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DeSantis agrees to debate Newsom, defends pro-life credentials amid criticism

Florida Gov. Ron DeSantis gives a victory speech after defeating Democratic gubernatorial candidate Rep. Charlie Crist during his election night watch party at the Tampa Convention Center on November 8, 2022, in Tampa, Florida. DeSantis was the projected winner by a double-digit lead.
Florida Gov. Ron DeSantis gives a victory speech after defeating Democratic gubernatorial candidate Rep. Charlie Crist during his election night watch party at the Tampa Convention Center on November 8, 2022, in Tampa, Florida. DeSantis was the projected winner by a double-digit lead. | Octavio Jones/Getty Images

Florida Gov. Ron DeSantis has agreed to debate California Gov. Gavin Newsom as the two states continue to take divergent paths.

DeSantis, who is seeking the Republican nomination for president, appeared on Fox News’ “Hannity” Wednesday. Host Sean Hannity opened the segment with DeSantis by recalling that during a previous interview with Newsom, he floated the idea of the Democrat California governor engaging in a one-on-one debate with DeSantis as both continue to tout their respective states as models for the nation to emulate. Newsom described himself as “all in” to participate in such a debate, which Hannity would moderate.

When Hannity followed up and asked if he would “do a two-hour debate with Ron DeSantis,” Newsom responded, “I would make it three.” Hannity elaborated on the topics that he would focus on in the debates, which would highlight “major political and philosophical divides in this country,” such as the “mass immigration from blue states to red ones” as well as the differing tax, immigration and energy policies between the states.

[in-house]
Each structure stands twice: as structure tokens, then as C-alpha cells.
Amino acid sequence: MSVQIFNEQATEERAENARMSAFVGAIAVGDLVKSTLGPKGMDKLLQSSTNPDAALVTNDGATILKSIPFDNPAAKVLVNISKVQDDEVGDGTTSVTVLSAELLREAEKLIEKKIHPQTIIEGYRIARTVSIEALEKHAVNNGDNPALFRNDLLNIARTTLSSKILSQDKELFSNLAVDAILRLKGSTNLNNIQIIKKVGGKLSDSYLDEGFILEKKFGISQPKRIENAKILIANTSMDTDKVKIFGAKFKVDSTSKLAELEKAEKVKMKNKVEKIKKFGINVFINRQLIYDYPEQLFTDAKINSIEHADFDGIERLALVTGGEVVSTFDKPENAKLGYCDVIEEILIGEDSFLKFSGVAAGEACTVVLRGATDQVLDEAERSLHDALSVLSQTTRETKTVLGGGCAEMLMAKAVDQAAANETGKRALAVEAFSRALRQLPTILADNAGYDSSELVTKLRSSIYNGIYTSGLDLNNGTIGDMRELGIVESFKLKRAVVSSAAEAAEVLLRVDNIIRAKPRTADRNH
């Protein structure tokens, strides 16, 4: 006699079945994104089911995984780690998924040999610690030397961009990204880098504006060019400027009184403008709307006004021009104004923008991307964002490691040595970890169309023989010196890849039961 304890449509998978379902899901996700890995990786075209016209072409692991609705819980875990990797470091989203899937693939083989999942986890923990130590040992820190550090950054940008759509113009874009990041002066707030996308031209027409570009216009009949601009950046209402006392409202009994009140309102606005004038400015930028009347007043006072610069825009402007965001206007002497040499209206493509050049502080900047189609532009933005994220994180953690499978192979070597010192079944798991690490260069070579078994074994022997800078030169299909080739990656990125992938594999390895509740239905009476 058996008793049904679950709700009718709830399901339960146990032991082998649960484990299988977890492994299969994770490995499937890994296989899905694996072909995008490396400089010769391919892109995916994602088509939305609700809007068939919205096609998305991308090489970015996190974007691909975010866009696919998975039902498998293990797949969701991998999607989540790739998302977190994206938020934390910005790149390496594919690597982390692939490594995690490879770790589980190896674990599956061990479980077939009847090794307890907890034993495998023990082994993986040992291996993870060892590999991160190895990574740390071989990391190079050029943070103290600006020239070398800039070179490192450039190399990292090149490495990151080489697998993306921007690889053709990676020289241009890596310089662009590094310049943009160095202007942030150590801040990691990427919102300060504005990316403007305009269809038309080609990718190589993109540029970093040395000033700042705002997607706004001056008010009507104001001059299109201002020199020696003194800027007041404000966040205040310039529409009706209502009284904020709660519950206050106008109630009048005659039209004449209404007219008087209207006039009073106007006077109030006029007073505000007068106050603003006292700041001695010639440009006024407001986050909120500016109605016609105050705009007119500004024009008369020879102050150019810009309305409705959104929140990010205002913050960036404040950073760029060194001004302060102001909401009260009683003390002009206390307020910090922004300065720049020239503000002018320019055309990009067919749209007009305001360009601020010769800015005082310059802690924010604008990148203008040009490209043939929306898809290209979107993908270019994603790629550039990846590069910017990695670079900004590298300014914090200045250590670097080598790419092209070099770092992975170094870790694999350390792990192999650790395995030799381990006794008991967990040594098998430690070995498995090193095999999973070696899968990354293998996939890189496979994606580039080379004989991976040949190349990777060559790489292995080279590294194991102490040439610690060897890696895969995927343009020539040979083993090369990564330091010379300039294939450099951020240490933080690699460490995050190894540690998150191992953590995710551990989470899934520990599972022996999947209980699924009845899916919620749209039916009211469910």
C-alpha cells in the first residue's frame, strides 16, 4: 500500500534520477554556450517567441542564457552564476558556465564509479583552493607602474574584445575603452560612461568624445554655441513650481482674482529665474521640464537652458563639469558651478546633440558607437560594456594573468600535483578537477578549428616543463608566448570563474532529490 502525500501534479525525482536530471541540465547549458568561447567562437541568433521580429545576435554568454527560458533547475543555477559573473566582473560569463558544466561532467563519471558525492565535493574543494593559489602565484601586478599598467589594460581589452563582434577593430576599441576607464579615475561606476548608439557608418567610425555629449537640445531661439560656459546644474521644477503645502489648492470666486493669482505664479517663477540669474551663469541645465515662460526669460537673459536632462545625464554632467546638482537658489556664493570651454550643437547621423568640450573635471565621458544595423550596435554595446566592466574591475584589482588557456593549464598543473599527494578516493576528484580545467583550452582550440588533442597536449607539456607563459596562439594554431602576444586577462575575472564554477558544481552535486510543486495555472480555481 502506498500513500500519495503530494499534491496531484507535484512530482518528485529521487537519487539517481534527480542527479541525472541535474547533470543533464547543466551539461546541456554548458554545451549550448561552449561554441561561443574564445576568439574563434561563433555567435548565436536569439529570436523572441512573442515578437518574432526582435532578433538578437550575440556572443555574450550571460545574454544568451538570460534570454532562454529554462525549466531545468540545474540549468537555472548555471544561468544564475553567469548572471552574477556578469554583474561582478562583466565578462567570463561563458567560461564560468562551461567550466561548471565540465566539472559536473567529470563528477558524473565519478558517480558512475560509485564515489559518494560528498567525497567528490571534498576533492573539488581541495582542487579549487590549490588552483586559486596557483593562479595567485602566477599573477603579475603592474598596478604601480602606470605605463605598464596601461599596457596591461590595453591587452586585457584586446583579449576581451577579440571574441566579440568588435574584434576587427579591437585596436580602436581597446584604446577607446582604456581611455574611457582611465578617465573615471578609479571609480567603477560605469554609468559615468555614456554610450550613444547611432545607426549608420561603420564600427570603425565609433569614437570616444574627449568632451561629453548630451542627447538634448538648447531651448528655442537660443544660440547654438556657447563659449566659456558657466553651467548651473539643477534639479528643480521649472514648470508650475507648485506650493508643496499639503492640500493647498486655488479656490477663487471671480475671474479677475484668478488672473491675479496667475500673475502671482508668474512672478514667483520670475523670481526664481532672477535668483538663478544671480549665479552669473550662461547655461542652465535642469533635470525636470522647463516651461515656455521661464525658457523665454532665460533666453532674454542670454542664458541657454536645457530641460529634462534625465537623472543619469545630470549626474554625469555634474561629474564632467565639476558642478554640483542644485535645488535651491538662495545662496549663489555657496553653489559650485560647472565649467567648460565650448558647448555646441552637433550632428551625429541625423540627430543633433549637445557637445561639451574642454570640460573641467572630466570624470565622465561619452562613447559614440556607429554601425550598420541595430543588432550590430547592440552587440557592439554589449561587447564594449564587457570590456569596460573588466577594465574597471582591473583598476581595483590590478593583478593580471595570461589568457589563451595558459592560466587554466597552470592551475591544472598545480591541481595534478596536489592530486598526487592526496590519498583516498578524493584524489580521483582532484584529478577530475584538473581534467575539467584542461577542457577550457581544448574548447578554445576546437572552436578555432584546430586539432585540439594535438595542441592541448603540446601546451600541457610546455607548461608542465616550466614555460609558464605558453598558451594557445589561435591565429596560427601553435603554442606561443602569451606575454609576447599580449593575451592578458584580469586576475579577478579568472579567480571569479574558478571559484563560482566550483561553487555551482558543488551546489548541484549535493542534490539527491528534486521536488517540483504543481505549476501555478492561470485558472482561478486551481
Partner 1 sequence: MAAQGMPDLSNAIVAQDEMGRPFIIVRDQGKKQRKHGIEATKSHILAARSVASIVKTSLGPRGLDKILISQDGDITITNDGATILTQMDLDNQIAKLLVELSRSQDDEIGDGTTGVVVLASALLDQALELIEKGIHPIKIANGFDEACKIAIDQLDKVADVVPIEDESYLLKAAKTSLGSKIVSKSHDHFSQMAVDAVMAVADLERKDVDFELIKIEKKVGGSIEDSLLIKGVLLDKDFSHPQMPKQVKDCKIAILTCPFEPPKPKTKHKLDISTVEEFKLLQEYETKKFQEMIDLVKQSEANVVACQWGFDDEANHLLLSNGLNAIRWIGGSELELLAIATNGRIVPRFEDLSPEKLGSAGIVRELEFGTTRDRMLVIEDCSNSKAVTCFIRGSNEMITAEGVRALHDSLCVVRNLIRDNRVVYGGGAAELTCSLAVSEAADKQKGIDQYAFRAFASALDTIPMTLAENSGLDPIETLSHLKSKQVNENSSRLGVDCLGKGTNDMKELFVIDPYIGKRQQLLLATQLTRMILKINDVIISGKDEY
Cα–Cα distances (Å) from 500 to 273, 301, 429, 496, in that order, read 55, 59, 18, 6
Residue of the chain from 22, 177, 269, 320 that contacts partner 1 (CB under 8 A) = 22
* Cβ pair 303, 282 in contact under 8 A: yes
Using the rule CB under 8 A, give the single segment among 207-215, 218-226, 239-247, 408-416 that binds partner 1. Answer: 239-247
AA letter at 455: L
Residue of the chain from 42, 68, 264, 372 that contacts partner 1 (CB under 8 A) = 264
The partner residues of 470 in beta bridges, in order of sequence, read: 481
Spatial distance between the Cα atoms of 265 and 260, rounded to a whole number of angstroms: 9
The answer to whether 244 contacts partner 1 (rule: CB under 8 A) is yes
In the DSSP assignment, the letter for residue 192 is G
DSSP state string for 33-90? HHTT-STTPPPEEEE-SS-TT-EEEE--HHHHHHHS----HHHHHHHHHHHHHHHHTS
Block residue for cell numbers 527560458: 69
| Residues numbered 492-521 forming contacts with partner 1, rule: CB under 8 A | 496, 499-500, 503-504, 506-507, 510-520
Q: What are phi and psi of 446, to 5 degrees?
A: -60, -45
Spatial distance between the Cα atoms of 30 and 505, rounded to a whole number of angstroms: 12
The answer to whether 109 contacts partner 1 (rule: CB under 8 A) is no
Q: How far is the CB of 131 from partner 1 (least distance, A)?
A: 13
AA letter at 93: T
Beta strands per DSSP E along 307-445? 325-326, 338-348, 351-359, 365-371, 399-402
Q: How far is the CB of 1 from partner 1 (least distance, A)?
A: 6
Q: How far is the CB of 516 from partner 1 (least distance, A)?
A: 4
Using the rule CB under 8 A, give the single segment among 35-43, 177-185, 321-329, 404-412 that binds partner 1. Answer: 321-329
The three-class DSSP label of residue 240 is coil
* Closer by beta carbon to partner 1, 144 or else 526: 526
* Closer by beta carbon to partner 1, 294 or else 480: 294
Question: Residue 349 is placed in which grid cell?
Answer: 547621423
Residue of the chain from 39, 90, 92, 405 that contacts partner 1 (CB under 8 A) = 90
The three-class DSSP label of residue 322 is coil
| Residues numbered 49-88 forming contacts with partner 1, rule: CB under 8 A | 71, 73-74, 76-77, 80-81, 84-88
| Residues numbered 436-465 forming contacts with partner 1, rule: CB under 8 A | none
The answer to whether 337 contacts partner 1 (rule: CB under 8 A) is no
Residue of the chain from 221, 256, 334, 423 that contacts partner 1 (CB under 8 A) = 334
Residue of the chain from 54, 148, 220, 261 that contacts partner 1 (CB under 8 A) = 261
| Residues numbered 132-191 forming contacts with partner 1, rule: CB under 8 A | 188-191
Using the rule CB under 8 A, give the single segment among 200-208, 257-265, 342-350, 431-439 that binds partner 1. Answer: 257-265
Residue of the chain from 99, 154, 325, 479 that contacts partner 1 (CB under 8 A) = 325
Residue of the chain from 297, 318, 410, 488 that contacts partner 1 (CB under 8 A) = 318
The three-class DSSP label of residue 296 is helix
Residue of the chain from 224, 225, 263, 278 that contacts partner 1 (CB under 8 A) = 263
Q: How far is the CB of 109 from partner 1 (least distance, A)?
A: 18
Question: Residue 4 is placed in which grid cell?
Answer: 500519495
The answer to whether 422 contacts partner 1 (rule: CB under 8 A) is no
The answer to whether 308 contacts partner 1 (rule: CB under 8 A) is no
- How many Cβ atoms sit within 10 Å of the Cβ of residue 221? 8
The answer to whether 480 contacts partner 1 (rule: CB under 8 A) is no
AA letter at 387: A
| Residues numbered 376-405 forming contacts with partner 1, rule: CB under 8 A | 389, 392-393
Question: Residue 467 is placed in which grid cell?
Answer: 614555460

DeSantis answered in the affirmative when asked if he would debate Newsom: “Absolutely. I’m game. Let’s get it done. Just tell me when and where. We’ll do it.”

The Florida governor and presidential candidate used his platform on primetime television to tout his record as leader of the nation’s third-largest state: “In one respect, the debate between California and Florida … has already been had. As you suggest, people have been voting on that. They have been voting on it with their feet. They have fled California in record numbers. Florida has been the number one state for net in-migration. We have the number one-ranked economy, number one now in education, the crime rate at a 50-year low.”

“In another sense, this is the debate for the future of our country,” he added. “You have people like Joe Biden, they would love to see the Californication of the United States. Biden may not even be the nominee, you could have Gavin Newsom.”

In addition to the differences in economic policy, DeSantis said California and Florida have responded to hot-button social issues in different ways. While DeSantis signed into law a six-week abortion ban earlier this year, California voters approved a constitutional amendment enshrining a right to abortion in the state's constitution last year.

Similarly, as Florida has banned disfiguring sex-change procedures for minors, California has established itself as one of 14 states that have implemented measures protecting access to such procedures.